Niemann: Magnus Must Be Embarrassed to Lose to Me | Round 3

Hans Niemann was found to have cheated far more times than he has previously admitted

Following Carlsen’s withdrawal, Niemann acknowledged that he had been caught cheating in online matches on in the past when he was 12 and 16 years old, but claimed he no longer cheats. Generally, if playing online, a player could easily use one of many chess analysis engines available, which can help players analyze games in ways that may far exceed their natural skill.

The turn of events in St. Louis has gripped the global chess community, with some defending Niemann’s sudden rise. Others are wondering how he could have cheated in a live match in which players are checked with a metal detector upon entering the facility (used to prevent players from receiving remote instructions via vibrations emitted from a mobile device, for example).

Without any proof of wrongdoing, Niemann has continued to compete in chess competitions, each win seemingly bolstering his claims of innocence. However, on Oct. 4, published a damning 72-page report focused on Niemann and his behavior on the site.

“We have found that Hans has likely cheated in more than 100 online chess games, including several prize money events,” founder Erik Allebest and the site’s chief chess officer, Danny Rensch, stated in the report. “He was already 17 when he likely cheated in some of these matches and games. He was also streaming in 25 of these games.”


Although the report doesn’t come to any conclusion regarding the in-person chess match between Carlsen and Niemann, organizers of the site, which boasts 75 million members in 35 countries, stated, “We uninvited Hans from our upcoming major online event and revoked his access to our site.”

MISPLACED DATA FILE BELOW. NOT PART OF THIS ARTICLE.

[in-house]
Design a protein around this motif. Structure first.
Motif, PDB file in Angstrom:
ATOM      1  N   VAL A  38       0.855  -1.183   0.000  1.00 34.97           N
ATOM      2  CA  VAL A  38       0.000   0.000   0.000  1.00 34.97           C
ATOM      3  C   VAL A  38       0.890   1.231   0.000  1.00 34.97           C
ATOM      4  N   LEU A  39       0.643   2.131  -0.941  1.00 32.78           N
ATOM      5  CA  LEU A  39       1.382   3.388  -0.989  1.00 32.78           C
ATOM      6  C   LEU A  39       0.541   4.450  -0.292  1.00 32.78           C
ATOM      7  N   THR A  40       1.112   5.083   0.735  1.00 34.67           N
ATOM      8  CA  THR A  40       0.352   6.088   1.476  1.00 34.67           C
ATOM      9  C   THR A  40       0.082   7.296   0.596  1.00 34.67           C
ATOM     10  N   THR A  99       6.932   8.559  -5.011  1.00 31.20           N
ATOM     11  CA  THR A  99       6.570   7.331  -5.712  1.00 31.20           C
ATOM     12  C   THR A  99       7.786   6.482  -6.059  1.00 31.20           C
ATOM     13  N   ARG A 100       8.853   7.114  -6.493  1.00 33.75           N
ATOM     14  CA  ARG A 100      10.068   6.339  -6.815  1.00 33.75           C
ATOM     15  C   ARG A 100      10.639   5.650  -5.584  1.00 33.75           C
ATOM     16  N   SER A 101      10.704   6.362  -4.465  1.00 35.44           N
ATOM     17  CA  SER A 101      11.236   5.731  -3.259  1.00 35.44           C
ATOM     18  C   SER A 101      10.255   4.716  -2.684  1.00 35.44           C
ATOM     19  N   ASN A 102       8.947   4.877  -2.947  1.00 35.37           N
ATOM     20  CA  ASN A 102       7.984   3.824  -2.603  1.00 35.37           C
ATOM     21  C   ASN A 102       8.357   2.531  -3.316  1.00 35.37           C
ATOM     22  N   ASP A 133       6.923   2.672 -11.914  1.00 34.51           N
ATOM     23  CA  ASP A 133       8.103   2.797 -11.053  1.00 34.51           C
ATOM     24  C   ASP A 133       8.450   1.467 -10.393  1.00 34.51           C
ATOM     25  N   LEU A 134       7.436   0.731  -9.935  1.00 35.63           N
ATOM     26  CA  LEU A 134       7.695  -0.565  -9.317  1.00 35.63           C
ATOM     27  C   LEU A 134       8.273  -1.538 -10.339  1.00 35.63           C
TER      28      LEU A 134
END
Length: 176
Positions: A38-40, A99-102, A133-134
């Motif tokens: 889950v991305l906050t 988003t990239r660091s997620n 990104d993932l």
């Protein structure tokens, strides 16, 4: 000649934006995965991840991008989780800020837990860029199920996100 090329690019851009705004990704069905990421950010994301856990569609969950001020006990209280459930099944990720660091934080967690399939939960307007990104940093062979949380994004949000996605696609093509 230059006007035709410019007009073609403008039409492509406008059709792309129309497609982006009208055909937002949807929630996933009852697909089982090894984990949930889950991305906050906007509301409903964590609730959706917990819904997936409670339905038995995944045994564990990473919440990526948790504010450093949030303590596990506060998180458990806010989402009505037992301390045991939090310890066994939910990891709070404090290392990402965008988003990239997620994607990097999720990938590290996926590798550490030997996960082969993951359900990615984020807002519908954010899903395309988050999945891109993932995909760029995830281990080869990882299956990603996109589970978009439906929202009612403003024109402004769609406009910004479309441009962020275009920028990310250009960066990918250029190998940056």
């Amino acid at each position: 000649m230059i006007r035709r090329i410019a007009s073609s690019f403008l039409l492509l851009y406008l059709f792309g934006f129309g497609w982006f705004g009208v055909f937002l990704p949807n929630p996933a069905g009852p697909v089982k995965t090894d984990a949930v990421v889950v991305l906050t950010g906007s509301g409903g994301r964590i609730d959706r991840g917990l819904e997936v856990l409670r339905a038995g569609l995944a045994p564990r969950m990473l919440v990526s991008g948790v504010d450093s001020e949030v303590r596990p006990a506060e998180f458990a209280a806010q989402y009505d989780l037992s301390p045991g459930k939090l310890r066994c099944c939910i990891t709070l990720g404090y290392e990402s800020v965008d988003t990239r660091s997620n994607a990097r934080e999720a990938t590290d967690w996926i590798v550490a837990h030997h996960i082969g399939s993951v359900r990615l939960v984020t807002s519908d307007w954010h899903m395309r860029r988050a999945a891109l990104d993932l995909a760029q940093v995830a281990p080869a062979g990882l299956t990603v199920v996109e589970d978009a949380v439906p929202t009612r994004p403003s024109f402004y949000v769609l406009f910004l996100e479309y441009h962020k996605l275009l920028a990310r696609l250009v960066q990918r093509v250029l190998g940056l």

Since the Sept. 5 incident, in interviews and on social media, Niemann has denied any wrongdoing. However, one day after the report was released, he avoided discussing the site’s findings during a post-match interview at the U.S. Chess Championship in St. Louis.

Even those unacquainted with the quiet world of chess are fascinated with the drama that has unfolded

The mystery surrounding Niemann’s in-person playing behavior has turned into a viral conversation on social media, moving the usually sedate and non-tech-oriented game of chess into the spotlight.

So far, no one has managed to come up with a solid theory as to how Niemann may have pulled off any less-than-fair moves during his live chess matches. But new footage from his most recent match indicates that he’s now being checked more rigorously than some other players. Most of all it has people talking about chess— even Elon Musk is jokingly speculating about how the chess player might have received assistance during his matches.

Hans Niemann Gets Properly Checked before Entering the Hall!😯|| U.S Chess Championship 🏆

Niemann’s fate in the chess world is uncertain, but a byproduct of the controversial series of events has been a renewed interest in chess, an unchanging game that has struggled to compete with the popularity of console and mobile games.

But as the resurgence of vinyl and the Gen Z embrace of all things retro have proven, the only thing stopping chess from becoming more popular is attention. Chess now has more of that than it has had in a long time.

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